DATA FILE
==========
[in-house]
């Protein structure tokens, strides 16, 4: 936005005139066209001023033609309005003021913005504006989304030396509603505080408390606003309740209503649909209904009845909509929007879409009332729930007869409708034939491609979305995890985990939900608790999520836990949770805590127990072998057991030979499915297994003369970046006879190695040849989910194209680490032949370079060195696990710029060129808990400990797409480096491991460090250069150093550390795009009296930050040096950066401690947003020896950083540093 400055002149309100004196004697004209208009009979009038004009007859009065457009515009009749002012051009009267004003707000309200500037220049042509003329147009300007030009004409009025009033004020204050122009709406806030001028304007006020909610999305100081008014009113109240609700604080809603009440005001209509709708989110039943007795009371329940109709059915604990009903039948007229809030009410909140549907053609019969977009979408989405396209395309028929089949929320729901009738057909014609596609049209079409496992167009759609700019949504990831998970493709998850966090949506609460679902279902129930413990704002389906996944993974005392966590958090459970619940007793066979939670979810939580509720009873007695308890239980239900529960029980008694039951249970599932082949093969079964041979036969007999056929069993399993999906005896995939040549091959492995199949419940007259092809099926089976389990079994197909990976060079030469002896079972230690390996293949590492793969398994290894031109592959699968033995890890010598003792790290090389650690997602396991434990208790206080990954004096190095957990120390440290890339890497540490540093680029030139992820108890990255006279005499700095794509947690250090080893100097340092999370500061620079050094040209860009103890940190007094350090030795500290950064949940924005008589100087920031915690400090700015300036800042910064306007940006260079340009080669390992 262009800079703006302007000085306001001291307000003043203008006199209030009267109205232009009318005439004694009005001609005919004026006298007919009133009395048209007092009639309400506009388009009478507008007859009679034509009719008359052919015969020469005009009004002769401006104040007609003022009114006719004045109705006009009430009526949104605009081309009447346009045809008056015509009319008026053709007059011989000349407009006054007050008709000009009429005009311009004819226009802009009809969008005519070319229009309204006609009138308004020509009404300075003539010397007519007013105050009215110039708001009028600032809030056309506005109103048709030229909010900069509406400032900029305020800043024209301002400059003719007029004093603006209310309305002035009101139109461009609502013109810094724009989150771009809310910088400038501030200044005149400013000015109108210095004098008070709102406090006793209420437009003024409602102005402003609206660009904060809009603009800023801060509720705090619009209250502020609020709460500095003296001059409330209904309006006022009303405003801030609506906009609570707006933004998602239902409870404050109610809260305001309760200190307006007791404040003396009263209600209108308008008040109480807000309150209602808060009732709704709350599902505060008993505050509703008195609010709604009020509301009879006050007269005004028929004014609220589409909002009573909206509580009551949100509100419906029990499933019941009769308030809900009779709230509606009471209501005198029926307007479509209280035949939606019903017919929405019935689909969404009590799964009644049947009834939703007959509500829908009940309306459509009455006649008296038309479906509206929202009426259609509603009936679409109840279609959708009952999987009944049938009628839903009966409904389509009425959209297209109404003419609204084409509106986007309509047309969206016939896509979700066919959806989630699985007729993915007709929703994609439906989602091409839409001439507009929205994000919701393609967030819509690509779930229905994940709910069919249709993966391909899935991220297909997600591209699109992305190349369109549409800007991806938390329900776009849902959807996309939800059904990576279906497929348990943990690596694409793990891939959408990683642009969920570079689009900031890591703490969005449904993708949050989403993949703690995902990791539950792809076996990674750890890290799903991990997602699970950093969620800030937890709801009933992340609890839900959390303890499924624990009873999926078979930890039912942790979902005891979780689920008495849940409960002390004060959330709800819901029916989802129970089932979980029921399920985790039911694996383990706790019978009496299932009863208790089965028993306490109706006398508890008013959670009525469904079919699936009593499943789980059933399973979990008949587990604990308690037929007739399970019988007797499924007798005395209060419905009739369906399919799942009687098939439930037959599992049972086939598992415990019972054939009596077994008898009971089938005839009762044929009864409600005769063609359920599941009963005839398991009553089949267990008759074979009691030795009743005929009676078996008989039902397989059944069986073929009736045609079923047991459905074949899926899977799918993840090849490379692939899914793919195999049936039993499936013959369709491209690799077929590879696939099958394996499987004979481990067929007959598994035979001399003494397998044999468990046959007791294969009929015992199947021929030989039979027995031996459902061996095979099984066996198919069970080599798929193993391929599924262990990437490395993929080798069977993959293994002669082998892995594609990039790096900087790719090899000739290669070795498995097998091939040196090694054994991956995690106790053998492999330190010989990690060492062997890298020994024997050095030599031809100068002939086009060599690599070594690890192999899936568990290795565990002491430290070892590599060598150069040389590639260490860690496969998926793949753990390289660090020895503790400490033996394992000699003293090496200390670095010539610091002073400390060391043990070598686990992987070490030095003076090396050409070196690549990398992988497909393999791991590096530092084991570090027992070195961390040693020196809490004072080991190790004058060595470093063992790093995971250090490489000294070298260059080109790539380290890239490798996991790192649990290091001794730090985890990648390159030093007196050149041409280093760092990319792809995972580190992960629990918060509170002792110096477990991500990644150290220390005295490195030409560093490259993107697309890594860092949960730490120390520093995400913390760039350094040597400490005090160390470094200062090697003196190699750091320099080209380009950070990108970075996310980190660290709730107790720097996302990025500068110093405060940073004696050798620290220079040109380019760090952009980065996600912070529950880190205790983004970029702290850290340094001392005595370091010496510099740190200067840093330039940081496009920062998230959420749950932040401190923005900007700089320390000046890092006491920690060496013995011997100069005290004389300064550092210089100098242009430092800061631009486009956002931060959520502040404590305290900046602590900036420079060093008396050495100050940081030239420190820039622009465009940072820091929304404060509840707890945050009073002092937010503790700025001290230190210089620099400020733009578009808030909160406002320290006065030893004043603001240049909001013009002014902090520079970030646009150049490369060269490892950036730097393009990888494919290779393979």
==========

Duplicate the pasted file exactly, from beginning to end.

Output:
[in-house]
């Protein structure tokens, strides 16, 4: 936005005139066209001023033609309005003021913005504006989304030396509603505080408390606003309740209503649909209904009845909509929007879409009332729930007869409708034939491609979305995890985990939900608790999520836990949770805590127990072998057991030979499915297994003369970046006879190695040849989910194209680490032949370079060195696990710029060129808990400990797409480096491991460090250069150093550390795009009296930050040096950066401690947003020896950083540093 400055002149309100004196004697004209208009009979009038004009007859009065457009515009009749002012051009009267004003707000309200500037220049042509003329147009300007030009004409009025009033004020204050122009709406806030001028304007006020909610999305100081008014009113109240609700604080809603009440005001209509709708989110039943007795009371329940109709059915604990009903039948007229809030009410909140549907053609019969977009979408989405396209395309028929089949929320729901009738057909014609596609049209079409496992167009759609700019949504990831998970493709998850966090949506609460679902279902129930413990704002389906996944993974005392966590958090459970619940007793066979939670979810939580509720009873007695308890239980239900529960029980008694039951249970599932082949093969079964041979036969007999056929069993399993999906005896995939040549091959492995199949419940007259092809099926089976389990079994197909990976060079030469002896079972230690390996293949590492793969398994290894031109592959699968033995890890010598003792790290090389650690997602396991434990208790206080990954004096190095957990120390440290890339890497540490540093680029030139992820108890990255006279005499700095794509947690250090080893100097340092999370500061620079050094040209860009103890940190007094350090030795500290950064949940924005008589100087920031915690400090700015300036800042910064306007940006260079340009080669390992 262009800079703006302007000085306001001291307000003043203008006199209030009267109205232009009318005439004694009005001609005919004026006298007919009133009395048209007092009639309400506009388009009478507008007859009679034509009719008359052919015969020469005009009004002769401006104040007609003022009114006719004045109705006009009430009526949104605009081309009447346009045809008056015509009319008026053709007059011989000349407009006054007050008709000009009429005009311009004819226009802009009809969008005519070319229009309204006609009138308004020509009404300075003539010397007519007013105050009215110039708001009028600032809030056309506005109103048709030229909010900069509406400032900029305020800043024209301002400059003719007029004093603006209310309305002035009101139109461009609502013109810094724009989150771009809310910088400038501030200044005149400013000015109108210095004098008070709102406090006793209420437009003024409602102005402003609206660009904060809009603009800023801060509720705090619009209250502020609020709460500095003296001059409330209904309006006022009303405003801030609506906009609570707006933004998602239902409870404050109610809260305001309760200190307006007791404040003396009263209600209108308008008040109480807000309150209602808060009732709704709350599902505060008993505050509703008195609010709604009020509301009879006050007269005004028929004014609220589409909002009573909206509580009551949100509100419906029990499933019941009769308030809900009779709230509606009471209501005198029926307007479509209280035949939606019903017919929405019935689909969404009590799964009644049947009834939703007959509500829908009940309306459509009455006649008296038309479906509206929202009426259609509603009936679409109840279609959708009952999987009944049938009628839903009966409904389509009425959209297209109404003419609204084409509106986007309509047309969206016939896509979700066919959806989630699985007729993915007709929703994609439906989602091409839409001439507009929205994000919701393609967030819509690509779930229905994940709910069919249709993966391909899935991220297909997600591209699109992305190349369109549409800007991806938390329900776009849902959807996309939800059904990576279906497929348990943990690596694409793990891939959408990683642009969920570079689009900031890591703490969005449904993708949050989403993949703690995902990791539950792809076996990674750890890290799903991990997602699970950093969620800030937890709801009933992340609890839900959390303890499924624990009873999926078979930890039912942790979902005891979780689920008495849940409960002390004060959330709800819901029916989802129970089932979980029921399920985790039911694996383990706790019978009496299932009863208790089965028993306490109706006398508890008013959670009525469904079919699936009593499943789980059933399973979990008949587990604990308690037929007739399970019988007797499924007798005395209060419905009739369906399919799942009687098939439930037959599992049972086939598992415990019972054939009596077994008898009971089938005839009762044929009864409600005769063609359920599941009963005839398991009553089949267990008759074979009691030795009743005929009676078996008989039902397989059944069986073929009736045609079923047991459905074949899926899977799918993840090849490379692939899914793919195999049936039993499936013959369709491209690799077929590879696939099958394996499987004979481990067929007959598994035979001399003494397998044999468990046959007791294969009929015992199947021929030989039979027995031996459902061996095979099984066996198919069970080599798929193993391929599924262990990437490395993929080798069977993959293994002669082998892995594609990039790096900087790719090899000739290669070795498995097998091939040196090694054994991956995690106790053998492999330190010989990690060492062997890298020994024997050095030599031809100068002939086009060599690599070594690890192999899936568990290795565990002491430290070892590599060598150069040389590639260490860690496969998926793949753990390289660090020895503790400490033996394992000699003293090496200390670095010539610091002073400390060391043990070598686990992987070490030095003076090396050409070196690549990398992988497909393999791991590096530092084991570090027992070195961390040693020196809490004072080991190790004058060595470093063992790093995971250090490489000294070298260059080109790539380290890239490798996991790192649990290091001794730090985890990648390159030093007196050149041409280093760092990319792809995972580190992960629990918060509170002792110096477990991500990644150290220390005295490195030409560093490259993107697309890594860092949960730490120390520093995400913390760039350094040597400490005090160390470094200062090697003196190699750091320099080209380009950070990108970075996310980190660290709730107790720097996302990025500068110093405060940073004696050798620290220079040109380019760090952009980065996600912070529950880190205790983004970029702290850290340094001392005595370091010496510099740190200067840093330039940081496009920062998230959420749950932040401190923005900007700089320390000046890092006491920690060496013995011997100069005290004389300064550092210089100098242009430092800061631009486009956002931060959520502040404590305290900046602590900036420079060093008396050495100050940081030239420190820039622009465009940072820091929304404060509840707890945050009073002092937010503790700025001290230190210089620099400020733009578009808030909160406002320290006065030893004043603001240049909001013009002014902090520079970030646009150049490369060269490892950036730097393009990888494919290779393979």